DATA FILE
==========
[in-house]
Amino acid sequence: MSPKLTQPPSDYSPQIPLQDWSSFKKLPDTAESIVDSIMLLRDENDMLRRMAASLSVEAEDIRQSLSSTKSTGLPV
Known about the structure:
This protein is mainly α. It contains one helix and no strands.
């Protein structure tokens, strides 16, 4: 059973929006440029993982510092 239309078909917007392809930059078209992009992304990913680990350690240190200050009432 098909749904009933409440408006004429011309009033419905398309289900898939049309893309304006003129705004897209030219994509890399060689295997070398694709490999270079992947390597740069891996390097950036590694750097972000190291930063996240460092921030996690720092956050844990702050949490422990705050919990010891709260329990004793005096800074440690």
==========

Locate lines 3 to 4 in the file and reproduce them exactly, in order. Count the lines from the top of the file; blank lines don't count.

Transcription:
Known about the structure:
This protein is mainly α. It contains one helix and no strands.